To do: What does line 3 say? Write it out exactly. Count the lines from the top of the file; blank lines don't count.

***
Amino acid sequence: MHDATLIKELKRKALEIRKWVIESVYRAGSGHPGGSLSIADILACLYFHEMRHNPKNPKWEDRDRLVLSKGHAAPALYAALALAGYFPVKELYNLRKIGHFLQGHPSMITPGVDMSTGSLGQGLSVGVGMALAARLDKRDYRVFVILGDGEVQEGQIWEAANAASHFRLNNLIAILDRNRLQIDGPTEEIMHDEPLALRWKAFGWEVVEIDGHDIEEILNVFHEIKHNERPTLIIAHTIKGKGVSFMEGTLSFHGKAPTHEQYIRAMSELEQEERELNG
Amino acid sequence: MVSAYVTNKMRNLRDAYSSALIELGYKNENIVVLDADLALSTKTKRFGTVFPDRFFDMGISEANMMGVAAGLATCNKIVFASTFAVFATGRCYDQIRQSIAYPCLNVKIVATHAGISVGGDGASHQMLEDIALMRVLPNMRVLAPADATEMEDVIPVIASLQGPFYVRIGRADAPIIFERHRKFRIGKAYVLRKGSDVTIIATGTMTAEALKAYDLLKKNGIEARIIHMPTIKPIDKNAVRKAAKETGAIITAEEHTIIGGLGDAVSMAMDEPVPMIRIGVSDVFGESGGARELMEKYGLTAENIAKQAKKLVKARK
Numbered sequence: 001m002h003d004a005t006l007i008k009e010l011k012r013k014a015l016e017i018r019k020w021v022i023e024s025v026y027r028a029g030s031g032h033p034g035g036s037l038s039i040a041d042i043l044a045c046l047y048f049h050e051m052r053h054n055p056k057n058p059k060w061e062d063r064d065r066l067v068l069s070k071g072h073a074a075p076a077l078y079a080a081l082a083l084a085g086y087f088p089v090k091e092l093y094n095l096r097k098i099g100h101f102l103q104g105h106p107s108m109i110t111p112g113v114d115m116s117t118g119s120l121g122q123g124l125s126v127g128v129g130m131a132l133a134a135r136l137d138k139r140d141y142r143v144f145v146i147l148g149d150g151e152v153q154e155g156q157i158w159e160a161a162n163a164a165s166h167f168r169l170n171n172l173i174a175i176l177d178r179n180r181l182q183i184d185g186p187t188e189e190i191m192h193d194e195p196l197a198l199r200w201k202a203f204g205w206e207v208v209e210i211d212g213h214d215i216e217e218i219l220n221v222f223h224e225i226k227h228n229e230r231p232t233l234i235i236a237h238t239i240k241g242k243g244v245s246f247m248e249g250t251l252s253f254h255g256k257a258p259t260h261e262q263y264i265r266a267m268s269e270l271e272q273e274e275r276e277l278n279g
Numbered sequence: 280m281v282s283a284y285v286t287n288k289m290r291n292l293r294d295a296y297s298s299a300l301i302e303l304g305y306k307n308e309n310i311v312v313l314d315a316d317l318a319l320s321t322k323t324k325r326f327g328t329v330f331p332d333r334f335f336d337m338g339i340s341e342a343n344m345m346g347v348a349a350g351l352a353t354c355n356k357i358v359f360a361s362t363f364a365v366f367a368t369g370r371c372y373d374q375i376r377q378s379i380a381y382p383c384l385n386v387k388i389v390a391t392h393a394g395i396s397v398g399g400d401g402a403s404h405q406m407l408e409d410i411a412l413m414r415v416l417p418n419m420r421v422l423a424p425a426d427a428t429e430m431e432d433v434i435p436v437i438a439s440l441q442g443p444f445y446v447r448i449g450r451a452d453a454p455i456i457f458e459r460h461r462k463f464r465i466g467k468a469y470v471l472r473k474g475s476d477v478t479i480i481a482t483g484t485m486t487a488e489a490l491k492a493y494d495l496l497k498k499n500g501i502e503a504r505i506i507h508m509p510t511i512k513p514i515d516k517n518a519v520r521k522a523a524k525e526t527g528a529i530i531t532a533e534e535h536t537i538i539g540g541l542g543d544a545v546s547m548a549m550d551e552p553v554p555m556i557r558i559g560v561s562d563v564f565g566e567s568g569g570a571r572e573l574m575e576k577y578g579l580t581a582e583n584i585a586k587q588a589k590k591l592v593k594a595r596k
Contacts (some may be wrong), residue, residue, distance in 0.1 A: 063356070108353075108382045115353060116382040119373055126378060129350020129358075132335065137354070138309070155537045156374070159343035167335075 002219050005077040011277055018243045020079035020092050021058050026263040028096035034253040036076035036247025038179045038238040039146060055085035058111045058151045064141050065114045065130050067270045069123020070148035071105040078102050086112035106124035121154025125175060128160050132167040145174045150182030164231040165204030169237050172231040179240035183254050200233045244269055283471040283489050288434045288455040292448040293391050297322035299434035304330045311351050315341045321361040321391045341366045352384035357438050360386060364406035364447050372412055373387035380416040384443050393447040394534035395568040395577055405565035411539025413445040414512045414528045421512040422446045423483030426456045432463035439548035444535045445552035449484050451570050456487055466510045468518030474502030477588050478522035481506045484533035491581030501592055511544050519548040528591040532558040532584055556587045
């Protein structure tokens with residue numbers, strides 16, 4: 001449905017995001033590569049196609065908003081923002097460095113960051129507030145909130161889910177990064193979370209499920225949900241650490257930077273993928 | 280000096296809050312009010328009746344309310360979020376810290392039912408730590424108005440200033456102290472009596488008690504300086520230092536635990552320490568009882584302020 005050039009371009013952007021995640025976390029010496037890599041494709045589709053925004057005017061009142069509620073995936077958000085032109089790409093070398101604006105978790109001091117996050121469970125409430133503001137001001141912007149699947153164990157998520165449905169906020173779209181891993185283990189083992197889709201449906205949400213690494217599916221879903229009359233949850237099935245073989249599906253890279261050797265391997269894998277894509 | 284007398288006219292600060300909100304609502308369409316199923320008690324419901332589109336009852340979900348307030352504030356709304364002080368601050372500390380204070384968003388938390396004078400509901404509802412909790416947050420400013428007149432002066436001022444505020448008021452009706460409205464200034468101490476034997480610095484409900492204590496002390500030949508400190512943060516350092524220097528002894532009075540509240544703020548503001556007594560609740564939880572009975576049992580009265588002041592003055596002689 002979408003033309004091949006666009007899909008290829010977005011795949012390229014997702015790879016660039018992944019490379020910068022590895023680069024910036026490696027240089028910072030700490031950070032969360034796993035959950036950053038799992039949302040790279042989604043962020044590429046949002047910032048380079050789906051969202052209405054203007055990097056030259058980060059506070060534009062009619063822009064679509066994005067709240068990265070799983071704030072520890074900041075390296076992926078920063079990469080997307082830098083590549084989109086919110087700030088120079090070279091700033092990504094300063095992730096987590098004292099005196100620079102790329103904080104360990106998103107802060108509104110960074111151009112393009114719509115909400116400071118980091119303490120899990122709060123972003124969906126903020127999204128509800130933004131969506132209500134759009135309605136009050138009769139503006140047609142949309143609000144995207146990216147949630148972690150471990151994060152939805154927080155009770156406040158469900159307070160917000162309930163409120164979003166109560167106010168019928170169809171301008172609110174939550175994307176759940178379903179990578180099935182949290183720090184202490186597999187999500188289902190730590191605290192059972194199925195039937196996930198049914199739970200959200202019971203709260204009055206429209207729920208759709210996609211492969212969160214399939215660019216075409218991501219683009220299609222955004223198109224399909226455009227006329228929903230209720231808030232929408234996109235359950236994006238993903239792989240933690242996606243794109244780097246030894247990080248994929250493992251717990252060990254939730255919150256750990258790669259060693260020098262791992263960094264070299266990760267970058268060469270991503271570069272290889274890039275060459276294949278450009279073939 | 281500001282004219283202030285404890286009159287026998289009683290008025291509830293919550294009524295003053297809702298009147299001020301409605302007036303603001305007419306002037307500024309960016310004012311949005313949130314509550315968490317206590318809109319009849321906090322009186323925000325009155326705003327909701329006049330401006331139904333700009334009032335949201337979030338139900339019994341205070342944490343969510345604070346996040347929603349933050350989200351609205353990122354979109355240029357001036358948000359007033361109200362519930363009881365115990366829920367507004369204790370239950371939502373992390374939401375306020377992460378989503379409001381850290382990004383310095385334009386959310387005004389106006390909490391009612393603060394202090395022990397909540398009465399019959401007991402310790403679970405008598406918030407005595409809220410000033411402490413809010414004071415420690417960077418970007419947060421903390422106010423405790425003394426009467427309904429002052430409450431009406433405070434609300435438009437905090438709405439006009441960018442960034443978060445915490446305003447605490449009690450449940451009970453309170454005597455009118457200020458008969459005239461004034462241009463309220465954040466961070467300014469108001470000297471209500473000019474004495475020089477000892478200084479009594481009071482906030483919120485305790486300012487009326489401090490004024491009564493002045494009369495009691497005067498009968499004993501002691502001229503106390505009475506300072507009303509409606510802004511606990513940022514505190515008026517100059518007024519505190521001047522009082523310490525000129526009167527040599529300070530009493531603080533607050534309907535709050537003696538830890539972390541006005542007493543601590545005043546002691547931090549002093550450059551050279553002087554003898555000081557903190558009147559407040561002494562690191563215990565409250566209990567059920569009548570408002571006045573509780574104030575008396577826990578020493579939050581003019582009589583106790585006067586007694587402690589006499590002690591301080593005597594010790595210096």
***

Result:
Numbered sequence: 001m002h003d004a005t006l007i008k009e010l011k012r013k014a015l016e017i018r019k020w021v022i023e024s025v026y027r028a029g030s031g032h033p034g035g036s037l038s039i040a041d042i043l044a045c046l047y048f049h050e051m052r053h054n055p056k057n058p059k060w061e062d063r064d065r066l067v068l069s070k071g072h073a074a075p076a077l078y079a080a081l082a083l084a085g086y087f088p089v090k091e092l093y094n095l096r097k098i099g100h101f102l103q104g105h106p107s108m109i110t111p112g113v114d115m116s117t118g119s120l121g122q123g124l125s126v127g128v129g130m131a132l133a134a135r136l137d138k139r140d141y142r143v144f145v146i147l148g149d150g151e152v153q154e155g156q157i158w159e160a161a162n163a164a165s166h167f168r169l170n171n172l173i174a175i176l177d178r179n180r181l182q183i184d185g186p187t188e189e190i191m192h193d194e195p196l197a198l199r200w201k202a203f204g205w206e207v208v209e210i211d212g213h214d215i216e217e218i219l220n221v222f223h224e225i226k227h228n229e230r231p232t233l234i235i236a237h238t239i240k241g242k243g244v245s246f247m248e249g250t251l252s253f254h255g256k257a258p259t260h261e262q263y264i265r266a267m268s269e270l271e272q273e274e275r276e277l278n279g